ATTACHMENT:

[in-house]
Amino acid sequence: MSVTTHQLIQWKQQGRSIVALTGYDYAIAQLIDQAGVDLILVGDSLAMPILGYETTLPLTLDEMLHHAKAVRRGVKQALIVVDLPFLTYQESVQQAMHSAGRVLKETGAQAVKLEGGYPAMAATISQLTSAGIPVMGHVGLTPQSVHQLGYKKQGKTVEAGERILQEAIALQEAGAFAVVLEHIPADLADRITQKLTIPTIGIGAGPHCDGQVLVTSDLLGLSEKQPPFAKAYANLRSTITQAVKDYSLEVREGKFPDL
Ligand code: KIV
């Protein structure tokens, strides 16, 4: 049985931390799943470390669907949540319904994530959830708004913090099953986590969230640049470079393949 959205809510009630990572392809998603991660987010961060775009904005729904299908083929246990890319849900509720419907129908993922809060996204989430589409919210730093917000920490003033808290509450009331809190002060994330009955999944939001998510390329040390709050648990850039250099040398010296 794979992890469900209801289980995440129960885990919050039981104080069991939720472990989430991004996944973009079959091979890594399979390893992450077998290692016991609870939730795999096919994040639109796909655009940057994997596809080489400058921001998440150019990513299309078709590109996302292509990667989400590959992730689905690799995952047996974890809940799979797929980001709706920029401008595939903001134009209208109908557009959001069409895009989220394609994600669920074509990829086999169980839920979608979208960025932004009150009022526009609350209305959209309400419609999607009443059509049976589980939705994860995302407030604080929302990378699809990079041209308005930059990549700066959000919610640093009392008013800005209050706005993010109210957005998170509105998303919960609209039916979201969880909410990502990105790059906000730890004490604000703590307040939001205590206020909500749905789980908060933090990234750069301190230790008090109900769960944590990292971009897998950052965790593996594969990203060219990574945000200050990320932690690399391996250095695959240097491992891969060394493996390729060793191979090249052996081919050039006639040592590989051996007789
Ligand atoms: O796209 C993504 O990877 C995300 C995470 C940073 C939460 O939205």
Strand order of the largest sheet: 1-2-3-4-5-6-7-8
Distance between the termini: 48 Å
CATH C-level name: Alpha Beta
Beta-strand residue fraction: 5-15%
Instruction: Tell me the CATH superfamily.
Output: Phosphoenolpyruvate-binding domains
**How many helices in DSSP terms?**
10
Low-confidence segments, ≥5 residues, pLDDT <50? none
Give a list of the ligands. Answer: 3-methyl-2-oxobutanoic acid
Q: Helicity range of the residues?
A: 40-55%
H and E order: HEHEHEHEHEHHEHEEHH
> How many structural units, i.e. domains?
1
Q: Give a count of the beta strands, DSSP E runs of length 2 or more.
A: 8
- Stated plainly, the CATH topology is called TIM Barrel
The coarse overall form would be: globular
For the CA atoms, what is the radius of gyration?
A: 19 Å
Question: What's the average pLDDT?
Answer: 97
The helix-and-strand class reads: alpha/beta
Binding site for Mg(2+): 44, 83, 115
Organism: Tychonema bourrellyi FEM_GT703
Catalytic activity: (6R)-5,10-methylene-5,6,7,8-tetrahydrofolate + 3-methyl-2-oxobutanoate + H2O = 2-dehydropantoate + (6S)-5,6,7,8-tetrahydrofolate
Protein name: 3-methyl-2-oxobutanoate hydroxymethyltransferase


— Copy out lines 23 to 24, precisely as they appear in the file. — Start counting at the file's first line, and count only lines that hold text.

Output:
- Stated plainly, the CATH topology is called TIM Barrel
The coarse overall form would be: globular